How Shade Can Help Slow Climate Change

There are no passengers on the Spaceship Earth. We are all crew.

The quote, from philosopher Marshall McLuhan, may be truer today than ever given the threats facing the planet.

One of them, urban heat island effect, may sound like something dreamed up by a super villain, but it’s a real phenomenon impacting countless communities … possibly your own.

In densely populated areas around the world, human activities can contribute to a temperature increase of up to 22 degrees Fahrenheit compared to more rural areas. Among American cities, Las Vegas, Albuquerque and Denver have seen the highest related temperature spikes.

What causes urban heat island effect?

One of the major causes of the phenomenon is the urban landscape. Asphalt, concrete and steel absorb and retain heat.

Urban heat island effect can have dangerous consequences that are amplified by climate change. These include harsher heat waves, according to the Environmental Protection Agency. More than 600 Americans die every year of heat-related illnesses, and the elderly and small children are at the highest risk for heat stroke, the Centers for Disease Control reports.

Urban heat island effect is also accelerating the rate of climate change. Hotter temperatures mean increased demand for air conditioning, which leads to more green house gas emissions. The increased strain on America’s electrical infrastructure could result in large-scale power outages. By 2050, the U.S. could require up to 20% more electricity to meet its needs due to climate change and urban heat island effect, according to the EPA.

How to fight urban heat island effect

Fortunately, mitigating the impact of urban heat island effect can go a long way toward protecting the environment.

The EPA advises that city planners should strive for smart growth, reducing the need for gas-powered transportation. Growing grass or other foliage on roofs can help lower temperatures and reduce flood risks. And shade plays a critical role in cooling cities.

Scientists and inventors have come up with all kinds of ideas for blocking the sun, from launching mirrors into space to reflect the sun’s light to spraying aerosol particles into the atmosphere to diffuse its rays. But a simpler solution is adding shade right here on the ground, and that’s a strategy government officials and property owners can begin implementing today.

On a hot day in an urban environment, pavement can reach up to 90 degrees Fahrenheit higher than the air if it’s exposed to direct sunlight, according to the EPA. Shaded pavement, however, remains at air temperature, preventing it from retaining the excess heat that’s a hallmark of urban heat island effect. Shade also reduces the rate at which gasoline evaporates from vehicles, resulting in fewer carbon emissions. And it encourages people to spend time outside, possibly reducing demand for air conditioning.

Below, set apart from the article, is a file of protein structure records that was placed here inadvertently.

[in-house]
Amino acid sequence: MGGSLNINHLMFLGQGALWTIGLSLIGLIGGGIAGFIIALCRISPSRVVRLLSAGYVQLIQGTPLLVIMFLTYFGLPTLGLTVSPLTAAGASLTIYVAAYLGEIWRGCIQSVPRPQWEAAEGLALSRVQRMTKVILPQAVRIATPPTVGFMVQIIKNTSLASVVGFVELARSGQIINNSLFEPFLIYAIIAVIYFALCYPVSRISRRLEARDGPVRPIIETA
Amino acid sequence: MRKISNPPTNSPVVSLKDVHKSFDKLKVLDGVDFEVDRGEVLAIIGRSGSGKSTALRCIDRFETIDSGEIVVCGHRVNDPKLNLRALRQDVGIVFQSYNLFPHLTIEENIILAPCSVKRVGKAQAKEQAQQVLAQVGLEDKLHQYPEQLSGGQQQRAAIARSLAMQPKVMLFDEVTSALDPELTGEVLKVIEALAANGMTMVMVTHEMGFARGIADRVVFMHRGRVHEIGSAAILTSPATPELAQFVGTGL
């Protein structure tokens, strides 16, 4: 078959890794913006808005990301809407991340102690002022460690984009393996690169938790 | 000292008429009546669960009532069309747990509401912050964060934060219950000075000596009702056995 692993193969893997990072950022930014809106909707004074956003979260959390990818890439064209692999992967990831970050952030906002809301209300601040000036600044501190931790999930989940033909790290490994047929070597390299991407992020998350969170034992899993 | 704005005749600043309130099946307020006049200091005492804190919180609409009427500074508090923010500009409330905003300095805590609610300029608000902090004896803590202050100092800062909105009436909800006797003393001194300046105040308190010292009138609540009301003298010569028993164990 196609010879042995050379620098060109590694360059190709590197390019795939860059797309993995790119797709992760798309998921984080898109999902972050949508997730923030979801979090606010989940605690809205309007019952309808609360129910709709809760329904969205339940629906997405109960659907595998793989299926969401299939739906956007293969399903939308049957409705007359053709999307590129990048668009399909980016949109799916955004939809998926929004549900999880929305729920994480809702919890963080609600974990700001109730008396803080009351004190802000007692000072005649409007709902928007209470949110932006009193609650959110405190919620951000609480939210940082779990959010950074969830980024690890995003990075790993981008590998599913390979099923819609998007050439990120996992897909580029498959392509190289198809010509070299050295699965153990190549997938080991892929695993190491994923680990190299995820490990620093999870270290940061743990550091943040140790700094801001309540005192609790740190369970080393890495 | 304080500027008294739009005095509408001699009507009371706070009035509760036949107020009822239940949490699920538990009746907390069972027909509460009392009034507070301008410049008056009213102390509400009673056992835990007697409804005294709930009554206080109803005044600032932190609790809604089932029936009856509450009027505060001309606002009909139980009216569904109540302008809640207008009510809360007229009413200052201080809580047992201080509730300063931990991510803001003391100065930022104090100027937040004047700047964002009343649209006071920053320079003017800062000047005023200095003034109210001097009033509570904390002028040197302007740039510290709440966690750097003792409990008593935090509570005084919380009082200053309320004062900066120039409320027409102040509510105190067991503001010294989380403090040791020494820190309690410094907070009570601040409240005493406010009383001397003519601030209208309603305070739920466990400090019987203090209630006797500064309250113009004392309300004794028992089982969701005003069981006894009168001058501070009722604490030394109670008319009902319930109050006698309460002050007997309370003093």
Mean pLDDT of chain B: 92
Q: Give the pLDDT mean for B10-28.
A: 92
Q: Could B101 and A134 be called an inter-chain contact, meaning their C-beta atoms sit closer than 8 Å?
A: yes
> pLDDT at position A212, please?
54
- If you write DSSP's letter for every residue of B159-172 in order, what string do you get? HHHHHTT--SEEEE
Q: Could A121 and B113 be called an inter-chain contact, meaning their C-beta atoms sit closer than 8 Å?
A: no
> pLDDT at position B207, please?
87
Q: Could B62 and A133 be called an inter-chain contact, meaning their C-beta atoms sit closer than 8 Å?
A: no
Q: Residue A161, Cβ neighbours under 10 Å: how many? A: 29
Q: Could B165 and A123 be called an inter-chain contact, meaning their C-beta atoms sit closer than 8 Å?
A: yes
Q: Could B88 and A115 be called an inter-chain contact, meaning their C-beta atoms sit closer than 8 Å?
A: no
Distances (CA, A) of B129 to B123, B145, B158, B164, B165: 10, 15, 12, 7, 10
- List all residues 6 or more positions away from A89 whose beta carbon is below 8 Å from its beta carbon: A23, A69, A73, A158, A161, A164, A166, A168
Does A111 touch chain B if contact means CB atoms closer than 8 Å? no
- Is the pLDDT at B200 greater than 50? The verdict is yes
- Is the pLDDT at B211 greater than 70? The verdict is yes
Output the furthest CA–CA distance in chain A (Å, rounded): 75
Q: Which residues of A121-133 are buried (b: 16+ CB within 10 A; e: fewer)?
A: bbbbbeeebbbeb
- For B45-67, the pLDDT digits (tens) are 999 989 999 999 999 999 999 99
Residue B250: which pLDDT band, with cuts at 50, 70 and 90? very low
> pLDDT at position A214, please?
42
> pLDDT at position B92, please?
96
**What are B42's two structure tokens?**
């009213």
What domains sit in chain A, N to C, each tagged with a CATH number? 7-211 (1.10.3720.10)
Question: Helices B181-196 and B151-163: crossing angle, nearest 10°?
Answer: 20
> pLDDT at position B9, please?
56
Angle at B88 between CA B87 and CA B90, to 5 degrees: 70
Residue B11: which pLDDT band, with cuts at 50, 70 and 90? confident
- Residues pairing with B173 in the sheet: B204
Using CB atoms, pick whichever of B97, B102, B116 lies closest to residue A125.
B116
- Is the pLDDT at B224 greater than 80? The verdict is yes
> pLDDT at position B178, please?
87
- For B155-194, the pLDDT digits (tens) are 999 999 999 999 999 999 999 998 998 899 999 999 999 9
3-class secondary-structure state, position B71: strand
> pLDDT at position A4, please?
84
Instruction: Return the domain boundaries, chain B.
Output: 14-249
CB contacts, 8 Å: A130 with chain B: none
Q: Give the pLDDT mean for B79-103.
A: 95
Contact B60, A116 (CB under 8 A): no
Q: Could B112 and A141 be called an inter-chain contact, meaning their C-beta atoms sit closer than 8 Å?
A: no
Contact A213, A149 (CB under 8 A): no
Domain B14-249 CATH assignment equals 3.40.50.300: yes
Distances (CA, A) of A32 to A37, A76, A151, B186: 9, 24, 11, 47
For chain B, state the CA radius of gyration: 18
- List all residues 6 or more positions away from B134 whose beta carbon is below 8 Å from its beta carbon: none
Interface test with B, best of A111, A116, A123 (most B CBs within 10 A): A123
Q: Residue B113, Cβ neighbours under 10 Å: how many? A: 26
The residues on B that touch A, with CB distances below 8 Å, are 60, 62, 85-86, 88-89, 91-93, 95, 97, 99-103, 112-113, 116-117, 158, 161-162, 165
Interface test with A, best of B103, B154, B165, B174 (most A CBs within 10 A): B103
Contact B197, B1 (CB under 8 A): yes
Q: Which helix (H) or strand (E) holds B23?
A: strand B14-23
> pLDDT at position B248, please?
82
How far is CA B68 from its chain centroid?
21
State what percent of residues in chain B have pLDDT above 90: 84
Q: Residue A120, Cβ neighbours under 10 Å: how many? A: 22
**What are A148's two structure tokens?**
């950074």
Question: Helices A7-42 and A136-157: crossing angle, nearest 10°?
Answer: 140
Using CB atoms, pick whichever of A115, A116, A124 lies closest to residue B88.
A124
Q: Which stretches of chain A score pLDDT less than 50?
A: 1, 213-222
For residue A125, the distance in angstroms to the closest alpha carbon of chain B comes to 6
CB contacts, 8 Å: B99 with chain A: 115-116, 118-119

Steps you can take

Of course, there are a variety of shade solutions available. Trees, not palm trees, are a good option in many cases because they suck up heat-trapping carbon dioxide, while increasing property values. Many trees, however, require years of growth before their canopies can provide a substantial amount of shade. That’s why combining shade structures with trees where there’s lots of pavement is a good idea.

Shade structures are a great option for protecting the environment and adding functionality to any outdoor space. Apollo Sunguard offers an industry-leading warranty on its shade structures: 20 years for its steel framework and 15 for its fabric covers. In fact, Apollo’s products, in most cases, last about as long as it takes for a shade tree to reach maturity. Thanks to Apollo’s durable materials and expert engineering, its shade structures have long lifespans, reducing waste that could result from more temporary shade fixes.

Temperatures underneath Apollo shade structures can be up to 20 degrees Fahrenheit cooler than they are in direct sunlight, both enhancing comfort and reducing the impact of urban heat island effect on the environment.

Urban heat island effect is accelerating the rate of climate change. Help mitigate this serious environmental problem by adding shade to parking lots.

The benefit of shade structures includes:

  • Block up to 96% of UV radiation
  • Lower temperatures by up to 20 degrees
  • Breathable fabric natural circulation of air
  • No energy consumption
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shade structure covering a basketball court